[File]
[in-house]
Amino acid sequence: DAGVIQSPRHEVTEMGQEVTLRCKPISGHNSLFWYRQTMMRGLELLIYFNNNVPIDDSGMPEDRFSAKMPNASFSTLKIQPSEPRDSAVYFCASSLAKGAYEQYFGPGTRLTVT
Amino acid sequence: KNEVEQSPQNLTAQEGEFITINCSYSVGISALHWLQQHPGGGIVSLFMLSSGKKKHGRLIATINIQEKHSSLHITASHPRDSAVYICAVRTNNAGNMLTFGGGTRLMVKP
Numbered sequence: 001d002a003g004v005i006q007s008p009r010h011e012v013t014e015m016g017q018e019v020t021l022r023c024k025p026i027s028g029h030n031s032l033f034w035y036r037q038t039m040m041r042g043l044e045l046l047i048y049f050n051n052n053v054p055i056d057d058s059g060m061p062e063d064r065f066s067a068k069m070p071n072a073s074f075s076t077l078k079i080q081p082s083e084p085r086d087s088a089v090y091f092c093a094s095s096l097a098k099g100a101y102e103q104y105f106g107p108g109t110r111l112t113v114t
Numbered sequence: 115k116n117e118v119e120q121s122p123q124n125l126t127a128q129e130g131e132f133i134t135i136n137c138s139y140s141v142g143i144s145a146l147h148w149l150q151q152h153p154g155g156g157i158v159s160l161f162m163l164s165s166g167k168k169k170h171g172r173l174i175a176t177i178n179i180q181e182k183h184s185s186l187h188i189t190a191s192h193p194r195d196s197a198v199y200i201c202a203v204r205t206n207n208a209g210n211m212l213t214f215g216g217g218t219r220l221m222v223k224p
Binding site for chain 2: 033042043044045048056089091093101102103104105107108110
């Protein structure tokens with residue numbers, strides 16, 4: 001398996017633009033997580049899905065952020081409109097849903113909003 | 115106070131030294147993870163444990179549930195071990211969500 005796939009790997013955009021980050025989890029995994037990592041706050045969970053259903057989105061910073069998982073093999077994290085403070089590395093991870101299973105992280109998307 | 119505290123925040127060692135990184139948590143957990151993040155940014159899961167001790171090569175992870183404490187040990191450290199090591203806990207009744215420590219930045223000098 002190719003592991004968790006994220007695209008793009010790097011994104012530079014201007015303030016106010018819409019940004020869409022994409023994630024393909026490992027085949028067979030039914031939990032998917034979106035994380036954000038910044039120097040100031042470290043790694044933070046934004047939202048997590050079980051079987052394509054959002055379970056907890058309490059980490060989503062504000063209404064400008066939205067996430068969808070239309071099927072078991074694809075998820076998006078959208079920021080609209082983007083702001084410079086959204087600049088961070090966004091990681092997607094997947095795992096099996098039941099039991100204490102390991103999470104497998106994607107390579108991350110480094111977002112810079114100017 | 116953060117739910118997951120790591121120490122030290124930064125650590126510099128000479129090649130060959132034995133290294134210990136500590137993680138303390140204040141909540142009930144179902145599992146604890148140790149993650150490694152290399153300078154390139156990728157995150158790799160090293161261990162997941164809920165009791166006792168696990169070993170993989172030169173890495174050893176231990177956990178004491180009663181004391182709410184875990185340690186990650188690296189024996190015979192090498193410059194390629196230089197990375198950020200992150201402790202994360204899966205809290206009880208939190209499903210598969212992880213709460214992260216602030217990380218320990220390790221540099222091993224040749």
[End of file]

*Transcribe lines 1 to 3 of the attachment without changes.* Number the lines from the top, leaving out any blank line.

[in-house]
Amino acid sequence: DAGVIQSPRHEVTEMGQEVTLRCKPISGHNSLFWYRQTMMRGLELLIYFNNNVPIDDSGMPEDRFSAKMPNASFSTLKIQPSEPRDSAVYFCASSLAKGAYEQYFGPGTRLTVT
Amino acid sequence: KNEVEQSPQNLTAQEGEFITINCSYSVGISALHWLQQHPGGGIVSLFMLSSGKKKHGRLIATINIQEKHSSLHITASHPRDSAVYICAVRTNNAGNMLTFGGGTRLMVKP